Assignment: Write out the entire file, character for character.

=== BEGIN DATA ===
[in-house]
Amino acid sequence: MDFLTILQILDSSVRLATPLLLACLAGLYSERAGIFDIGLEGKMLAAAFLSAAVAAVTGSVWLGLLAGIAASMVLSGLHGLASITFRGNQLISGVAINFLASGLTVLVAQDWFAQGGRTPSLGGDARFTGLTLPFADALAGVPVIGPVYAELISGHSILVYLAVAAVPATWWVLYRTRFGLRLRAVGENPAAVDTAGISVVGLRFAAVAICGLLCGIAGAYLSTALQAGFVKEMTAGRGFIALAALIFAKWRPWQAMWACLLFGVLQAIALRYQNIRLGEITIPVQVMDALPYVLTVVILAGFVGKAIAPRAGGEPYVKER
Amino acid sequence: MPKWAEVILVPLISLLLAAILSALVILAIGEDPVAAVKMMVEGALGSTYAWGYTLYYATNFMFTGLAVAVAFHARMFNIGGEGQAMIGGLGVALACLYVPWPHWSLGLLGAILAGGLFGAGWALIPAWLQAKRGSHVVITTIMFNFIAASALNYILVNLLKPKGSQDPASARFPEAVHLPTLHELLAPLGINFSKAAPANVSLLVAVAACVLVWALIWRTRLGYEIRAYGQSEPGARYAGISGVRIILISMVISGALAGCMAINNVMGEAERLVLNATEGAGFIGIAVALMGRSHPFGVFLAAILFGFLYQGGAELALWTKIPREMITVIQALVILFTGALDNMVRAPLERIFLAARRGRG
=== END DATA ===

[in-house]
Amino acid sequence: MDFLTILQILDSSVRLATPLLLACLAGLYSERAGIFDIGLEGKMLAAAFLSAAVAAVTGSVWLGLLAGIAASMVLSGLHGLASITFRGNQLISGVAINFLASGLTVLVAQDWFAQGGRTPSLGGDARFTGLTLPFADALAGVPVIGPVYAELISGHSILVYLAVAAVPATWWVLYRTRFGLRLRAVGENPAAVDTAGISVVGLRFAAVAICGLLCGIAGAYLSTALQAGFVKEMTAGRGFIALAALIFAKWRPWQAMWACLLFGVLQAIALRYQNIRLGEITIPVQVMDALPYVLTVVILAGFVGKAIAPRAGGEPYVKER
Amino acid sequence: MPKWAEVILVPLISLLLAAILSALVILAIGEDPVAAVKMMVEGALGSTYAWGYTLYYATNFMFTGLAVAVAFHARMFNIGGEGQAMIGGLGVALACLYVPWPHWSLGLLGAILAGGLFGAGWALIPAWLQAKRGSHVVITTIMFNFIAASALNYILVNLLKPKGSQDPASARFPEAVHLPTLHELLAPLGINFSKAAPANVSLLVAVAACVLVWALIWRTRLGYEIRAYGQSEPGARYAGISGVRIILISMVISGALAGCMAINNVMGEAERLVLNATEGAGFIGIAVALMGRSHPFGVFLAAILFGFLYQGGAELALWTKIPREMITVIQALVILFTGALDNMVRAPLERIFLAARRGRG